Predict How are
models and prototypes
made?
102
Many projects require construction of models and prototypes.
A model does not actually work; it just shows how the product,
building, or system will look when it is built. But a prototype is a
working model of a proposed project. Models and prototypes can
be crafted by hand, by machine, or with a computer system.
A prototype can be used to test product reliability and safety
before it is mass-produced. The drawings might be changed
many times.
Unit 1 The Nature of Technology
Can Designs Be Stolen?
Designers and inventors often build on the
work of others. When Steve Jobs and Steve Wozniak built the Apple II, they were improving on
the personal computer, not inventing it. What
is the difference between building on someone
else’s work and stealing it?
Give Credit When you steal an idea, you use it
without giving the designer credit and/or payment. When you build on someone’s idea, you
might improve on it or add to it in some way.
English Language Arts/Writing
Getting a Patent Patents issued by the
government can protect inventors. Find out
how to apply for a patent and what kind of
protection is offered.
1. Write a short report on the patent process.
2. Present the report to your class.
At one time, airplane manufacturers had no choice but to build
wood models of their airplane designs. They would fly these models in wind tunnels. If the model had good flying characteristics,
the next step would be to build a prototype that actually worked.
Powerful computers allow designers and engineers to create virtual 3D models and prototypes. For example, NASA uses the oldest and the newest technologies to create designs for future flight.
Connect What products that you use might
have prototypes?
Rapid Prototyping
What is rapid prototyping?
Rapid prototyping takes place in a special machine
that can turn CAD drawings into 3D models. Rapid
prototyping uses a laser and a vat of special lightsensitive plastic to create 3D models. Thin layers of
plastic build the object.
Define What is rapid prototyping?
Space Test Many people think that the Orion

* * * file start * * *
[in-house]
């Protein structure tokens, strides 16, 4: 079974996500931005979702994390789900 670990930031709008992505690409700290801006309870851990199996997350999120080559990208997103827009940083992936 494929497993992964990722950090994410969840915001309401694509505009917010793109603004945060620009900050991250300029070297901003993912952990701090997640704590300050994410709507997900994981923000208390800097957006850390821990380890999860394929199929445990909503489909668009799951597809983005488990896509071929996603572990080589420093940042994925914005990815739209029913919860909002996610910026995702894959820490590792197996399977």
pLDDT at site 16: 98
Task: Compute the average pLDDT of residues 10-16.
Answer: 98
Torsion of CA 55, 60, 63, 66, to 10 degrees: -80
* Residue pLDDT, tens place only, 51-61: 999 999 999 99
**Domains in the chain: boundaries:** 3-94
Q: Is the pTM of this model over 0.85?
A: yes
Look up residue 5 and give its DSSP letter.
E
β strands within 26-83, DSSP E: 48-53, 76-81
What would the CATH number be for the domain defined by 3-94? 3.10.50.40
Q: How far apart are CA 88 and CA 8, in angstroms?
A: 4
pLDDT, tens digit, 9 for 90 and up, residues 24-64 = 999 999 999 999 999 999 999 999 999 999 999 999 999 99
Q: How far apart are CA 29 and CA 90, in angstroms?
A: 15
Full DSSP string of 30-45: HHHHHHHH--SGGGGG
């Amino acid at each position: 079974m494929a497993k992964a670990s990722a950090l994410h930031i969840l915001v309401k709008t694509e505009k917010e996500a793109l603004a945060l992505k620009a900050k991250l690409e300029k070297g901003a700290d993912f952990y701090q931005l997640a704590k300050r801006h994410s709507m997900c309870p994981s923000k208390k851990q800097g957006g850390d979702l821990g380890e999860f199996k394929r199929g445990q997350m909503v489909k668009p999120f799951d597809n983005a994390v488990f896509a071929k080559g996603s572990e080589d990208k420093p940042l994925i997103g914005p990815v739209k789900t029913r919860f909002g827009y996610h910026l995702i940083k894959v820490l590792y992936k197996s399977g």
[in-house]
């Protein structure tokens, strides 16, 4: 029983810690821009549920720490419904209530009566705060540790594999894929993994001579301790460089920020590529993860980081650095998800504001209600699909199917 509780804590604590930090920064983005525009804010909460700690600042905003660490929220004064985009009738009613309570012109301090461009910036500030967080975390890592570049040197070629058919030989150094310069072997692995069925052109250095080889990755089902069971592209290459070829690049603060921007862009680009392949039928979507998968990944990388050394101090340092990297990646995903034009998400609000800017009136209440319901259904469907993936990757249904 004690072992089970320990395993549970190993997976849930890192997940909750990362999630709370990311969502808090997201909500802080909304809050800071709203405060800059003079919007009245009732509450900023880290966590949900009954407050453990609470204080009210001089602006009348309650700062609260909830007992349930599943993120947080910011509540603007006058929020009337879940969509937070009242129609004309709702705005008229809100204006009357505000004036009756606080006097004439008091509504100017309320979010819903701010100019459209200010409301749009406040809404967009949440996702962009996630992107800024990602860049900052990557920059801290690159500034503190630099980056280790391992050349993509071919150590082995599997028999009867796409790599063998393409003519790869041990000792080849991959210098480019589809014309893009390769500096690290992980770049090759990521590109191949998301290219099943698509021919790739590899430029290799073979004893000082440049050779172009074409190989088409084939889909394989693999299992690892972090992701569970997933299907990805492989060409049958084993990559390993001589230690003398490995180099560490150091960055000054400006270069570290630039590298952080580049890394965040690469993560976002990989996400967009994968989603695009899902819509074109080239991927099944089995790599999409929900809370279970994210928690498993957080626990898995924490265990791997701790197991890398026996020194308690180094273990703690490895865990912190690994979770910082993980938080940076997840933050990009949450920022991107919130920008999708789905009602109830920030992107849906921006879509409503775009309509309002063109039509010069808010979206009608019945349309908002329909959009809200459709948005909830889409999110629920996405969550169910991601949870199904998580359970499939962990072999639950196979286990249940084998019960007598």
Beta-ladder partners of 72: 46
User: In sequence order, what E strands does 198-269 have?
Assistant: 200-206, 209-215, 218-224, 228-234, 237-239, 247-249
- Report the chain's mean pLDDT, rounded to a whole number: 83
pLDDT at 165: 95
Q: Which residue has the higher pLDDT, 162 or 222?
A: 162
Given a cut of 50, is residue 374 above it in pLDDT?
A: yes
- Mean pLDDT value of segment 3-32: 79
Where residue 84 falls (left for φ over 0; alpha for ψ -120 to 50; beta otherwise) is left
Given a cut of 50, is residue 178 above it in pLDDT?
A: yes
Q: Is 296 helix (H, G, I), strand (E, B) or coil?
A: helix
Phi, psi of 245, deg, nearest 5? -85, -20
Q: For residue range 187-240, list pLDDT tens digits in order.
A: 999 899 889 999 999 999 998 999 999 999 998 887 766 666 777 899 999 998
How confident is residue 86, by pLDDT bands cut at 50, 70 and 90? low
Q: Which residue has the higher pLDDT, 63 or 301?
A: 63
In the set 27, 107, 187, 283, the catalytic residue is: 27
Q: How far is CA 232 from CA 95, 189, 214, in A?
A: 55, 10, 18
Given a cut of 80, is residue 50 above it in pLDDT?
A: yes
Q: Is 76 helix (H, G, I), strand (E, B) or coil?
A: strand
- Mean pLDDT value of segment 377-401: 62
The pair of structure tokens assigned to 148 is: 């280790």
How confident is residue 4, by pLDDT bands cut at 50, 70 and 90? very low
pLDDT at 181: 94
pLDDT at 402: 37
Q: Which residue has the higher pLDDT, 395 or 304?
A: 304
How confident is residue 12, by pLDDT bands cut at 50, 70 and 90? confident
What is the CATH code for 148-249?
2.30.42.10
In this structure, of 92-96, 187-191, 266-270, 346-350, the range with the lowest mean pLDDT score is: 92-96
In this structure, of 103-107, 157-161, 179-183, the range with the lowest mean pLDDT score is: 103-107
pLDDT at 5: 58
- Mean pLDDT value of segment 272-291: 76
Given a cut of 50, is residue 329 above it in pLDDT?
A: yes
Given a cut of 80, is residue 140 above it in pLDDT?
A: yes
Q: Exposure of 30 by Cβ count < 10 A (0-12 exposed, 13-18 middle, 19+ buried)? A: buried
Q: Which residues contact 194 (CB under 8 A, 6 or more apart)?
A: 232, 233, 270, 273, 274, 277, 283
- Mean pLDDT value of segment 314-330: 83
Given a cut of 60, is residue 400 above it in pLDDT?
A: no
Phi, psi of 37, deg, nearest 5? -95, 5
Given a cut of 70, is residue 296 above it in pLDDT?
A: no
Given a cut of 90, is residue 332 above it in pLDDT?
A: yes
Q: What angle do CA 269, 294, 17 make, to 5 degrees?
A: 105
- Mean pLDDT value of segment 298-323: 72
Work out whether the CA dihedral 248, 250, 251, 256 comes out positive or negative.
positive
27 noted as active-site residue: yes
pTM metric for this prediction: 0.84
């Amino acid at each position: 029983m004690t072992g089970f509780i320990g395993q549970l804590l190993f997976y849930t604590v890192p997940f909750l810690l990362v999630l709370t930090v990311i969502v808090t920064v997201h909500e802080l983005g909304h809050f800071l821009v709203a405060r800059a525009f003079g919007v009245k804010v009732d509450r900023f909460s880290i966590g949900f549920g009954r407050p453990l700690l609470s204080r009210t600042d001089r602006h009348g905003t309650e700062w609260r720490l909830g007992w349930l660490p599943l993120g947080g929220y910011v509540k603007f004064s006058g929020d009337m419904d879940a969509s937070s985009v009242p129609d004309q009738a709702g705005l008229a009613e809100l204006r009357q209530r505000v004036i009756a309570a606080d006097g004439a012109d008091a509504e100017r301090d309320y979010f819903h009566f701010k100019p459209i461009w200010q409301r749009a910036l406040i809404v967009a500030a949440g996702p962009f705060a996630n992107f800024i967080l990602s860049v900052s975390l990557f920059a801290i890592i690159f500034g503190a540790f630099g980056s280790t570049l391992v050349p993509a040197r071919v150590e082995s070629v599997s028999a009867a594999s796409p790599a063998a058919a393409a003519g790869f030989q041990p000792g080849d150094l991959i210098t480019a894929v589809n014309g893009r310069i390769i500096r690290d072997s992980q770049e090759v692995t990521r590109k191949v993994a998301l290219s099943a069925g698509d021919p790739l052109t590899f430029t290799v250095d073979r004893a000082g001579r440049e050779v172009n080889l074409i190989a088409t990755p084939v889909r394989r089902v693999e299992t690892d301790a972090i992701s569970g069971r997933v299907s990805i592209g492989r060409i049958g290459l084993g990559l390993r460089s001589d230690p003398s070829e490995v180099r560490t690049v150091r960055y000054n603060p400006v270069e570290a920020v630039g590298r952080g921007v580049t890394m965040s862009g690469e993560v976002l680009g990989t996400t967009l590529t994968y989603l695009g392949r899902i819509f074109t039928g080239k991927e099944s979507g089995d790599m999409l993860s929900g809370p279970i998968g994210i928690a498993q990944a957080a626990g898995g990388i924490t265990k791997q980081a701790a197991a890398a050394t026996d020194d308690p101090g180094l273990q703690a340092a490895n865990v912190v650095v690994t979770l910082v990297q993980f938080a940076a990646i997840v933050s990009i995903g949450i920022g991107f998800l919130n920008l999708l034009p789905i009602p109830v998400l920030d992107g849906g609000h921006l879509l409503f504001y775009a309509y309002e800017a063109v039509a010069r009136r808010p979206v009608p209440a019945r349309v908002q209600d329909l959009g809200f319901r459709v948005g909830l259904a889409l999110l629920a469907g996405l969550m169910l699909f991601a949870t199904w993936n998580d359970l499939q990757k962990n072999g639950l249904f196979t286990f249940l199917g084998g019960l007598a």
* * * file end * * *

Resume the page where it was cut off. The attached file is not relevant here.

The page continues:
Crew Exploration Vehicle (CEV) is a design throwback to the Apollo program that took us to the
moon more than a half century ago. Do you think
a vehicle that travels in space requires a model or a
prototype or both? Why or why not?
103
Computer
Visualization
How do computer models help scientists and engineers understand data?
Instant Prototype
A rapid prototyping
machine allows a
designer to quickly create
a model or prototype of
a product. Before rapid
prototyping, how did
craftspeople create
models and prototypes?
In the past, to understand tiny
structures, scientists turned to
LEGO® blocks and Tinker Toys® to
construct models. CAD visualization
software is now used to create virtual models of these structures.
For example, scientists used CAD
to create a model of a heart. Medical
equipment gathered the data on the
size and shape of the heart’s muscles,
veins, arteries, valves, and chambers. This information was used
to create a 3D drawing. The drawing was then rendered and animated. Scientists are using this accurate heart model to test new
medicines and explore possible cures.
Engineers use the same tools to develop models, gather data,
and perform data analysis. Huge structures like dams can be
tested for strength during simulated earthquakes. Models of skyscrapers can be tested for wind resistance.
5.3
Self-Check
1. Define rapid prototyping.
2. Explain the purpose of a model. A prototype.
3. Identify the type of software used for computer
visualization.
Think
4. Explain why scientists or designers might use LEGO®